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Habitat: Obsessions—A Look at Barbara Bloom’s Collection of Braille Objects

Barbara Bloom and a Braille typewriter in her collection.

Barbara Bloom and a Braille typewriter in her collection.

Habitat: Obsessions is a ten-part series of visits to the surprising non-art collections of art-world professionals.

Artist Barbara Bloom became interested in Braille because, in her words, “The letters are hard to see.” As Bloom told me, “This creates a kind of poetic parity; what is clear to the blind is obscure to the sighted.” The first piece in her collection was a Braille Playboy magazine. “In the 1980s,” she says, “I read about a court case. Zealots were trying to stop the Library of Congress from publishing the Braille edition of Playboy. Ironically, and obviously, these issues contained no photographs.” Bloom wrote to the Library of Congress and obtained a copy of one of the magazines in question. Since then, her collection has grown to about 30 Braille objects, including playing blocks, rulers, and globes.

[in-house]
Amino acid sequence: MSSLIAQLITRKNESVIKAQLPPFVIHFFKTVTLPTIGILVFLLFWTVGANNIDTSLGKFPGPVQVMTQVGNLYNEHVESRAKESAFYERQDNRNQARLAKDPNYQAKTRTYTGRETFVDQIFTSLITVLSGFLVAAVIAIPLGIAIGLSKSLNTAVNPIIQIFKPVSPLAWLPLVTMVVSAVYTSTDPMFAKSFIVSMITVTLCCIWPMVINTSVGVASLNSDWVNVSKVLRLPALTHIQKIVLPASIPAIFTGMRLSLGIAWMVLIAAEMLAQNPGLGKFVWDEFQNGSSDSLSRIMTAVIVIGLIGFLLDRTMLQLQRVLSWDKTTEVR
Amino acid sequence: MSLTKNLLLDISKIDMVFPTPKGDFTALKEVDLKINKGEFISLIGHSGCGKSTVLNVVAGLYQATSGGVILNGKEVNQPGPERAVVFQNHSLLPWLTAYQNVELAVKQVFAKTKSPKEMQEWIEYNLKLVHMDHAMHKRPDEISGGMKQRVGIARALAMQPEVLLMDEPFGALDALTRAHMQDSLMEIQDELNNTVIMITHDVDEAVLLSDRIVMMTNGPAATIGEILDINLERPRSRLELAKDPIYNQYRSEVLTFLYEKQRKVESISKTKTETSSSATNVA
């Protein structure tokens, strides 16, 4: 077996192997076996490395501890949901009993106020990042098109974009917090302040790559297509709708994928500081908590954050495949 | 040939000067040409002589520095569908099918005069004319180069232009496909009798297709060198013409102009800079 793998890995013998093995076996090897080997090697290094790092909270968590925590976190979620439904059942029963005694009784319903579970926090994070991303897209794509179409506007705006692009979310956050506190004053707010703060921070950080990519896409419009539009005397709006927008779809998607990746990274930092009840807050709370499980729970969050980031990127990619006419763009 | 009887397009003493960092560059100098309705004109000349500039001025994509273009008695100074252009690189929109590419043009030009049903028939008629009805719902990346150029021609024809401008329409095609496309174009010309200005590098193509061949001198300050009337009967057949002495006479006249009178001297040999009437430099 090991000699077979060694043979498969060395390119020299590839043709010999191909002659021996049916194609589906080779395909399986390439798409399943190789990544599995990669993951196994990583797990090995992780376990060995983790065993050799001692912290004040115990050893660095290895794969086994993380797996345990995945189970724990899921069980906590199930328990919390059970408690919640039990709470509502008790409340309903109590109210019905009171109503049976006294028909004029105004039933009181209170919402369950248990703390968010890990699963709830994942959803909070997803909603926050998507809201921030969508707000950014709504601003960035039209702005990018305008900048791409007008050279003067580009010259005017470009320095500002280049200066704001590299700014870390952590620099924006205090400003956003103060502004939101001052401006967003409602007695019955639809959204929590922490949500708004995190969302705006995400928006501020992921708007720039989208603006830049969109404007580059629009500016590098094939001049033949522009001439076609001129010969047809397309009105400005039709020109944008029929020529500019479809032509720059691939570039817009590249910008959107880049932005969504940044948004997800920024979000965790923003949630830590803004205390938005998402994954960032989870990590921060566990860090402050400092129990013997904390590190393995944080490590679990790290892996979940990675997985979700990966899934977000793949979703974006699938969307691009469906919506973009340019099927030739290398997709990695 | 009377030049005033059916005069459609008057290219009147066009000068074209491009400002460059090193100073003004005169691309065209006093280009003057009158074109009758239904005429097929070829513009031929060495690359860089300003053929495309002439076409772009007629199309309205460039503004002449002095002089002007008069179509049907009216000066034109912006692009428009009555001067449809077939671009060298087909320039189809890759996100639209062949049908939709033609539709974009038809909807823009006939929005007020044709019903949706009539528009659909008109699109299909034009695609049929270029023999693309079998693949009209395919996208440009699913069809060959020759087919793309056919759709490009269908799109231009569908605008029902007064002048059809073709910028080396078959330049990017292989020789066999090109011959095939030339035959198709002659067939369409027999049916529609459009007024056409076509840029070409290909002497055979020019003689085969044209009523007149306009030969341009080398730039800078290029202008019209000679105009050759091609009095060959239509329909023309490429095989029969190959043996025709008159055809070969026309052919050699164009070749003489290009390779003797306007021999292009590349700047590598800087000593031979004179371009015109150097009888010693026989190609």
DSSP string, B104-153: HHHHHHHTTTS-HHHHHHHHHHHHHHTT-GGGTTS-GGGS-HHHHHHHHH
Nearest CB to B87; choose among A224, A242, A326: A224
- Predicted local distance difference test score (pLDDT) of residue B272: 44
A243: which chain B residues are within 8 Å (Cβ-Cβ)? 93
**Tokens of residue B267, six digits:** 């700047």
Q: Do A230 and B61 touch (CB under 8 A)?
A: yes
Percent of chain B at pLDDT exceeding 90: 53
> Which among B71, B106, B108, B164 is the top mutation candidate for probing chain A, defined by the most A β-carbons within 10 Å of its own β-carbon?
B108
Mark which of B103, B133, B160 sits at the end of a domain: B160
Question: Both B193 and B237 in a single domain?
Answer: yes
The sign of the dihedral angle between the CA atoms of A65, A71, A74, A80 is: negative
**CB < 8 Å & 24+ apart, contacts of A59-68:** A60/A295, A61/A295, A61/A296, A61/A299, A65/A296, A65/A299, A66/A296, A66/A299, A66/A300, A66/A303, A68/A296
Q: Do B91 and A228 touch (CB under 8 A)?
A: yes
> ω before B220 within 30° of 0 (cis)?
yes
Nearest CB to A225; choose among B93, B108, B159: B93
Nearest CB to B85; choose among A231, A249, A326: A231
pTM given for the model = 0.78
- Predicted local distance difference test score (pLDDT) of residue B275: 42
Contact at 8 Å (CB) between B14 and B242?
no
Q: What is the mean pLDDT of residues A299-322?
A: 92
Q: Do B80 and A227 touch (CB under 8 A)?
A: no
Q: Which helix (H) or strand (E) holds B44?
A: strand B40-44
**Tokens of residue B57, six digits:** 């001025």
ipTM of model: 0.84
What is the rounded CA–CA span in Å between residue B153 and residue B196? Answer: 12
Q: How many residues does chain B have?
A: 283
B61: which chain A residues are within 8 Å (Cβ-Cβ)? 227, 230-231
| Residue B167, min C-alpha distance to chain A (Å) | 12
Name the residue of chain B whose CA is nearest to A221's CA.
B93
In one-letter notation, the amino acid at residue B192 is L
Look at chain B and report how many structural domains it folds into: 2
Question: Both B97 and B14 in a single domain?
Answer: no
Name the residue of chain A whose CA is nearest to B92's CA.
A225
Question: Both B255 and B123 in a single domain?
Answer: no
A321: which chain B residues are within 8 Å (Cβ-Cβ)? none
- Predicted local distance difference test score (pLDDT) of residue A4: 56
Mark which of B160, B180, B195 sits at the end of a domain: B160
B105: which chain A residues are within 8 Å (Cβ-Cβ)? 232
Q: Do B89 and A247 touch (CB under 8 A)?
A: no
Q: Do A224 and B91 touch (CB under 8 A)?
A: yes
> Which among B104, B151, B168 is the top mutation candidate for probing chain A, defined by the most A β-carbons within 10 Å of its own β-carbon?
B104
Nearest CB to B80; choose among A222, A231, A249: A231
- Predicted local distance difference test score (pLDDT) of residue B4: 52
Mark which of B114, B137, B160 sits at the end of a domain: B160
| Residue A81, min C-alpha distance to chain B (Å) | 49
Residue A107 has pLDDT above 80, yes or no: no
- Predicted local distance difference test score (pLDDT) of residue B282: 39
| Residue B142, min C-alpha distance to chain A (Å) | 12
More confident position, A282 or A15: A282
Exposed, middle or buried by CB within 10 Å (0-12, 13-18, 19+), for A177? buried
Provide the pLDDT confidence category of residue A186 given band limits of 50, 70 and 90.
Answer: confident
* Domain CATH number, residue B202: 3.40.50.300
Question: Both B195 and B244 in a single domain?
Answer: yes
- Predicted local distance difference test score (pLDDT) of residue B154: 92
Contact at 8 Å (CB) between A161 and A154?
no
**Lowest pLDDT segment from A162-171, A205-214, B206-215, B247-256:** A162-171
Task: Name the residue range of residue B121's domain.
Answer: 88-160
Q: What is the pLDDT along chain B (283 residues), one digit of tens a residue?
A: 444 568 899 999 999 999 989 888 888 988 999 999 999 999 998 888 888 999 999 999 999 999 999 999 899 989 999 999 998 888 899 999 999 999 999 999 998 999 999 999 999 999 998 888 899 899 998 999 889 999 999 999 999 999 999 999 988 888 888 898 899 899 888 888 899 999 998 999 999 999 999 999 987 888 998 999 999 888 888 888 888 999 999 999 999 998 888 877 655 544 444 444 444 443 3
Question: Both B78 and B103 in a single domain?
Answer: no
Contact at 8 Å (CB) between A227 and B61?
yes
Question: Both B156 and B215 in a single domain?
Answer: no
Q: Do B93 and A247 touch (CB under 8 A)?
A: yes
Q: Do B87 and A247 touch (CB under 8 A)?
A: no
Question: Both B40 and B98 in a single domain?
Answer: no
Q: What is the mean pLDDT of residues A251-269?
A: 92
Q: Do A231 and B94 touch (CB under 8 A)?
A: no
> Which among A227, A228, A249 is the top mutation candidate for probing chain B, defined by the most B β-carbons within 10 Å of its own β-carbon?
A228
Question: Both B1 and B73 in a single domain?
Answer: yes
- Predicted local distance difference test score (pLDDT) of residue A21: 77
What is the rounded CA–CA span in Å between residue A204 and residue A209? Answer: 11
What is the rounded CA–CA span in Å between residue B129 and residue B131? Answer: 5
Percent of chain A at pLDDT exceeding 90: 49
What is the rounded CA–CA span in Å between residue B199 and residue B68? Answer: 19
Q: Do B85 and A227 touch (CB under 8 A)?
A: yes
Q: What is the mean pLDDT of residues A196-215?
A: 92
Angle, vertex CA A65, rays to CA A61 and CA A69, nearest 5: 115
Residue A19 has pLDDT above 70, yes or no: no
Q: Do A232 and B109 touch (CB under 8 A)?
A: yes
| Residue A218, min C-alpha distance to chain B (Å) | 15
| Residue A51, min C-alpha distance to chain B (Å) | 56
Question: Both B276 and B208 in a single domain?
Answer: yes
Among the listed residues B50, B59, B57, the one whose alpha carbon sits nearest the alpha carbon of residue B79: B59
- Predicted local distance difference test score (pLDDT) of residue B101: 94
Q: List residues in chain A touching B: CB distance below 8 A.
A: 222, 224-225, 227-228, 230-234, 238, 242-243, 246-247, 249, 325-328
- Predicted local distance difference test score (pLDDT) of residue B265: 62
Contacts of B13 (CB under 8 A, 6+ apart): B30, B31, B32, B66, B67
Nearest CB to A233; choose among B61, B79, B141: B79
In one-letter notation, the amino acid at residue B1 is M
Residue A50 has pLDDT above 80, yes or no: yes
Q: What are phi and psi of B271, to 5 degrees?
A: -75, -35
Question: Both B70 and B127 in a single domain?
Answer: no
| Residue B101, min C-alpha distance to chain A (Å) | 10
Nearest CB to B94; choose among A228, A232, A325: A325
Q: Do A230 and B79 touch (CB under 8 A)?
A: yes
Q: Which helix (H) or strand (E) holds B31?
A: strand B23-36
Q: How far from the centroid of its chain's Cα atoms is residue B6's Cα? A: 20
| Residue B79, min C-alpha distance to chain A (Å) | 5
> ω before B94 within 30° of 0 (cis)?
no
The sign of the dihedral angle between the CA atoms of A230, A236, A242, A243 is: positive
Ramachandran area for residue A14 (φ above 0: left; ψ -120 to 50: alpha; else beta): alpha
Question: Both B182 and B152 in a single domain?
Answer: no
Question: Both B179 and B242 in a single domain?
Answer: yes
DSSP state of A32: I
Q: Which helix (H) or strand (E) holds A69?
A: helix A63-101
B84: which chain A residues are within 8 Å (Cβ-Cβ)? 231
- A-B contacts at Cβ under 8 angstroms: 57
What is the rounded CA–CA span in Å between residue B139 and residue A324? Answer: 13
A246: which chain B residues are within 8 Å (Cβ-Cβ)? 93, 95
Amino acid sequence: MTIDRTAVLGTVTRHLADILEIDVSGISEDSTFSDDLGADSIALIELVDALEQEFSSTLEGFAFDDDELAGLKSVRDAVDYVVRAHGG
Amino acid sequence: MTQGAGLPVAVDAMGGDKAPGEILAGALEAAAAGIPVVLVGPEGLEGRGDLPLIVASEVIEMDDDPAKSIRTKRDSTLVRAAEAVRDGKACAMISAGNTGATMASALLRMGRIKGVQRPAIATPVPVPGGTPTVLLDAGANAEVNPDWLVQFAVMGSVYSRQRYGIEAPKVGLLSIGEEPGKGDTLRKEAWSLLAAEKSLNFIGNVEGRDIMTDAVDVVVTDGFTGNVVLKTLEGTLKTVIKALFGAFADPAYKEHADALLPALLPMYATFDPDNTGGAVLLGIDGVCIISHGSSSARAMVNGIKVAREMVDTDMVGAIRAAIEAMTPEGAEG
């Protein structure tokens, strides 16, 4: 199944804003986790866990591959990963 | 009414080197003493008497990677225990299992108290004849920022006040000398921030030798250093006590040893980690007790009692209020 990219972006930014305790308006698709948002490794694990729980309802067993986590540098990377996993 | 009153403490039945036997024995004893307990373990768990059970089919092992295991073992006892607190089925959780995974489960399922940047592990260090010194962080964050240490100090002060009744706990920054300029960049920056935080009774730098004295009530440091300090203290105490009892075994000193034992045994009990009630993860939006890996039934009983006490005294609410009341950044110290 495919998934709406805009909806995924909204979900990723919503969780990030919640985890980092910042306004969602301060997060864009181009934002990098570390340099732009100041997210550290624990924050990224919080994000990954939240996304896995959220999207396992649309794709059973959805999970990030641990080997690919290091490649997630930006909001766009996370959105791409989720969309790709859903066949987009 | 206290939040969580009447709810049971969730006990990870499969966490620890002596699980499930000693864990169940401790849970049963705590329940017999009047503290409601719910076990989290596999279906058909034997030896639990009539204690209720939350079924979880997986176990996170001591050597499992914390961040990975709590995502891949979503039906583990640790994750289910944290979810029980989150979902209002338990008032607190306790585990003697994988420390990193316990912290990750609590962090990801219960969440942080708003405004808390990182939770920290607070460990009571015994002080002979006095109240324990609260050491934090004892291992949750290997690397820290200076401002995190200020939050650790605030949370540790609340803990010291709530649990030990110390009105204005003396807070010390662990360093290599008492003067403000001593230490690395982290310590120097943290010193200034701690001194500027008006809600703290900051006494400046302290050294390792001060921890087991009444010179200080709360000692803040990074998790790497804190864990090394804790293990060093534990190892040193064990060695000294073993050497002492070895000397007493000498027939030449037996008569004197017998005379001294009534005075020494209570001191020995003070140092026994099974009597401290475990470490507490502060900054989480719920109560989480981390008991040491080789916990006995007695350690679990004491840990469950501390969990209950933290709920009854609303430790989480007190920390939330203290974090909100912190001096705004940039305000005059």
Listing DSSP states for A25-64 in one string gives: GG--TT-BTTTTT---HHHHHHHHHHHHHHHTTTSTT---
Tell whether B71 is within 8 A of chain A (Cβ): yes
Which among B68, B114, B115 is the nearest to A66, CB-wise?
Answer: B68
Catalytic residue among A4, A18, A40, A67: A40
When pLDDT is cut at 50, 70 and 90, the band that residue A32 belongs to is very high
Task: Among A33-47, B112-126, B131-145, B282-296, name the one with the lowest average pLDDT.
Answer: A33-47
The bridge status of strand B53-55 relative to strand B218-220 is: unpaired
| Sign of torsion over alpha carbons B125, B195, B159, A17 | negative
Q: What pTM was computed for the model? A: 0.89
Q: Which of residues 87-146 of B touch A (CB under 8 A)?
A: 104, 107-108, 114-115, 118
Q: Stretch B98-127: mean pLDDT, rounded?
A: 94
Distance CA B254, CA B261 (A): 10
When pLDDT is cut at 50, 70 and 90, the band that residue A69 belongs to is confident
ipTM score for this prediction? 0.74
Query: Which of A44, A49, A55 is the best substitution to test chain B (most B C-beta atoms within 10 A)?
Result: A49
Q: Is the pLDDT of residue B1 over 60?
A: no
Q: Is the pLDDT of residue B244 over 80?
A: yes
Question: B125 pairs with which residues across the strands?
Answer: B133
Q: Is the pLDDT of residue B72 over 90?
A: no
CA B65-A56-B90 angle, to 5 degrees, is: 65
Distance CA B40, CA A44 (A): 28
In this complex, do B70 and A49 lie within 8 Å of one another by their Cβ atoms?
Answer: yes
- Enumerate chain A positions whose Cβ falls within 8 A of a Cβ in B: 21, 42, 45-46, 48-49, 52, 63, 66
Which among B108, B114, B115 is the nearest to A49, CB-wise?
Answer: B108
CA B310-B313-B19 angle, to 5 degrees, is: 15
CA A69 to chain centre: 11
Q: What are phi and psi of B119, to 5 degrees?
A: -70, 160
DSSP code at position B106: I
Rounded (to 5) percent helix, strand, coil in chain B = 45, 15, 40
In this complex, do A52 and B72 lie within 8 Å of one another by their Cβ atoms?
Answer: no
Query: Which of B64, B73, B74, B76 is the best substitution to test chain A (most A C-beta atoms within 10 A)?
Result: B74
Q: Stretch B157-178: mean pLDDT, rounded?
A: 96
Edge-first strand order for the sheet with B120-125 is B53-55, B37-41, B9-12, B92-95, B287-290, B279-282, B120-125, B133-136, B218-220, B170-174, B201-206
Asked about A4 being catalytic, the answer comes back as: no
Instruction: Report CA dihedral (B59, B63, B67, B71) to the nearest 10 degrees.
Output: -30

Below, a look at some of Bloom’s Braille objects.

A version of this story originally appeared in the Fall 2016 issue of ARTnews on page 60 under the title “Barbara Bloom: Braille Objects.”

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